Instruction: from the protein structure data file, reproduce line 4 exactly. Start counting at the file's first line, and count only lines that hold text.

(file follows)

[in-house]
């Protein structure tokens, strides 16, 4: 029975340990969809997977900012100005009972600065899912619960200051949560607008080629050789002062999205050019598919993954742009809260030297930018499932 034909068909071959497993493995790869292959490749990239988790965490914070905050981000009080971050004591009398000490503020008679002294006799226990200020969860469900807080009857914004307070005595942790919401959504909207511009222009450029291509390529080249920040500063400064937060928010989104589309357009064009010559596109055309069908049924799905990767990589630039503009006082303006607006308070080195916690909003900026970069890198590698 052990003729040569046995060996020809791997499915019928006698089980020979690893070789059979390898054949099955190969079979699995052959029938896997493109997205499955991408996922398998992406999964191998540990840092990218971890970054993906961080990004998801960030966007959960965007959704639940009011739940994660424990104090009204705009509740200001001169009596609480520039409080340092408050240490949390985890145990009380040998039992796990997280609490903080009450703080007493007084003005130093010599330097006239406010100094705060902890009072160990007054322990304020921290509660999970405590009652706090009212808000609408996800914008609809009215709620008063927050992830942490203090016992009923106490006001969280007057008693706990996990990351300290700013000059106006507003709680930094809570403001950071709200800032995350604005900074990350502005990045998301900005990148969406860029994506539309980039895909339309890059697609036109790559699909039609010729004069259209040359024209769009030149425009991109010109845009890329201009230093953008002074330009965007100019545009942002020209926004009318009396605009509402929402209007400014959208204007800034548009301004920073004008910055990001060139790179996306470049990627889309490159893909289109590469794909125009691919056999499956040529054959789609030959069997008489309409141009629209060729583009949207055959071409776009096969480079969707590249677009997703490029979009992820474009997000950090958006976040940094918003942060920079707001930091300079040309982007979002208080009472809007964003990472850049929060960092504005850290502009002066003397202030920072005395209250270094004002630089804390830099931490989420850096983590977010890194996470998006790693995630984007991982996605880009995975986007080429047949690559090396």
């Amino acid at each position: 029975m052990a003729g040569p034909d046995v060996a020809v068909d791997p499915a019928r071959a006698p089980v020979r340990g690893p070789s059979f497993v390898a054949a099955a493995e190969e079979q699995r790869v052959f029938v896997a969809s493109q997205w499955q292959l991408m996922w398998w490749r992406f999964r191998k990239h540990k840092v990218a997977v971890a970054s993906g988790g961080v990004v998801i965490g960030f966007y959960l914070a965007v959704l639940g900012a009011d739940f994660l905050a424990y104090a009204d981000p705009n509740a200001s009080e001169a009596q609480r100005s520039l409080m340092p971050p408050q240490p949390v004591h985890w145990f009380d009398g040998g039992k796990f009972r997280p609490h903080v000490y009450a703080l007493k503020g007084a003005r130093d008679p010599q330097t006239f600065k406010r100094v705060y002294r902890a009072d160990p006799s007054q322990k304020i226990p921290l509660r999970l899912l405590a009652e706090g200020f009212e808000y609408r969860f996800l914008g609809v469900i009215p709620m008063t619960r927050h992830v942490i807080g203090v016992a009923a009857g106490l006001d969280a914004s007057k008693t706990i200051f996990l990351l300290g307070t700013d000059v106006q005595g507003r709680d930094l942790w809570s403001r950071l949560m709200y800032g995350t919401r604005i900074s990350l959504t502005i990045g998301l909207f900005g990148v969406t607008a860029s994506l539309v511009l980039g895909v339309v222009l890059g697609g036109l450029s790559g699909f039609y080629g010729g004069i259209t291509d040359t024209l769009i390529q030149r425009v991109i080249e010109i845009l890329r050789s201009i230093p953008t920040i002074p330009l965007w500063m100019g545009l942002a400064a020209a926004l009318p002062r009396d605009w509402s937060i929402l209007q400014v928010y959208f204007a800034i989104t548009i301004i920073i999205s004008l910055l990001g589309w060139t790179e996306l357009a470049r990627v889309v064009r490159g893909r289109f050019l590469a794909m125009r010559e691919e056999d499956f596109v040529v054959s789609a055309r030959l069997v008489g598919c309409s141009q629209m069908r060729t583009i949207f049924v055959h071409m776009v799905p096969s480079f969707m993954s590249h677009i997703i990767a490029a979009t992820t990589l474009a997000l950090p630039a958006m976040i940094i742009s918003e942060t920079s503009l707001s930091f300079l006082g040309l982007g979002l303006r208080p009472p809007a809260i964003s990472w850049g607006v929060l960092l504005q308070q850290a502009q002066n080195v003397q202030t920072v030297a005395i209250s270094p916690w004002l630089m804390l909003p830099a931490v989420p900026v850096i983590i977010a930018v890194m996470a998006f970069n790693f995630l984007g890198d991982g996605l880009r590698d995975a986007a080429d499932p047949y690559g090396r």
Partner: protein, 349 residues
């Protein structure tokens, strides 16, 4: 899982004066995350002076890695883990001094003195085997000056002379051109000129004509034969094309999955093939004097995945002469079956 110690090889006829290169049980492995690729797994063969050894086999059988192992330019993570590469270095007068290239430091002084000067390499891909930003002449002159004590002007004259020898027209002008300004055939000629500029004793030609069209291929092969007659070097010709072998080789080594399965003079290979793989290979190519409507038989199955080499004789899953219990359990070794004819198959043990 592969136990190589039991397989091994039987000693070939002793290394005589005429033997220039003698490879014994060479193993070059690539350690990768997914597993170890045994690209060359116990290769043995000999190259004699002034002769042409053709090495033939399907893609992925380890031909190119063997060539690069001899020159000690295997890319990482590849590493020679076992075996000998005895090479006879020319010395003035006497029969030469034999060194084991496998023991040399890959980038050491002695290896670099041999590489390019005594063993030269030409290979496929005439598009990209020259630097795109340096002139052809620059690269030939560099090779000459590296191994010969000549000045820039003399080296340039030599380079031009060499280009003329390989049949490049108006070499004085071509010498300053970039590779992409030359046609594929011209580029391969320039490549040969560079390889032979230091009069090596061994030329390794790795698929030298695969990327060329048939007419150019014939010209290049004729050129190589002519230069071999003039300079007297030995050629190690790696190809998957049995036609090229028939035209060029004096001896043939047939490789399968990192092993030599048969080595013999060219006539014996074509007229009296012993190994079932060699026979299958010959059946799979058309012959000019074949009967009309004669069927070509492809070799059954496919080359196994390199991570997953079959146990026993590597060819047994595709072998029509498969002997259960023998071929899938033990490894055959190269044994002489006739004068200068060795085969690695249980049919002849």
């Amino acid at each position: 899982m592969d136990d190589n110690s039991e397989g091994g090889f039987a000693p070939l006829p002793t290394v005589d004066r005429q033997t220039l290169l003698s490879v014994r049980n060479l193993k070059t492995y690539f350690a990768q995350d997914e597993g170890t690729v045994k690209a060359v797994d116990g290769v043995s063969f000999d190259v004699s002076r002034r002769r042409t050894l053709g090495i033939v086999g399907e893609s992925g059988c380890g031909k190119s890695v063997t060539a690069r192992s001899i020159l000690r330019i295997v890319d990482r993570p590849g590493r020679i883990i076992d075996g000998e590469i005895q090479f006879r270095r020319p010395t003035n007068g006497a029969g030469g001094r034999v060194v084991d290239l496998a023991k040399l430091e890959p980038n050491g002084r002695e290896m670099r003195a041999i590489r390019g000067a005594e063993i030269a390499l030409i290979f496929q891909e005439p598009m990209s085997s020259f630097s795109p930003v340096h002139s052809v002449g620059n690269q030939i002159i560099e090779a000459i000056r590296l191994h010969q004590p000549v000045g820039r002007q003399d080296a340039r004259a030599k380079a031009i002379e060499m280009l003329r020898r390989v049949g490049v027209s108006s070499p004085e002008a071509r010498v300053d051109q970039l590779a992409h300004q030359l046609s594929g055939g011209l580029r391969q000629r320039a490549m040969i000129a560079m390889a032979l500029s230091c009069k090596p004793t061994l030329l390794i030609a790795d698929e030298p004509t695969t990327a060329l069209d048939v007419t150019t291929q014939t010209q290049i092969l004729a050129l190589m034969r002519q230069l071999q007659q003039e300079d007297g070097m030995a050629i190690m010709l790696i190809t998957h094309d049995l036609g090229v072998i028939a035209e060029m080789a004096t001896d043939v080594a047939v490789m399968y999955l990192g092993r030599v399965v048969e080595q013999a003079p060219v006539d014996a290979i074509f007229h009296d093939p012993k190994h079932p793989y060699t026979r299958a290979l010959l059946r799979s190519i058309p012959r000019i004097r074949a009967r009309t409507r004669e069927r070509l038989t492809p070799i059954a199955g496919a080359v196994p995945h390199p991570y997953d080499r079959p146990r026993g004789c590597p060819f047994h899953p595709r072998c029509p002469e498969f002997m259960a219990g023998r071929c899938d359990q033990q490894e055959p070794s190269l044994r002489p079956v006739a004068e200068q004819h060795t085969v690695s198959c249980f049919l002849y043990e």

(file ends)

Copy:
Partner: protein, 349 residues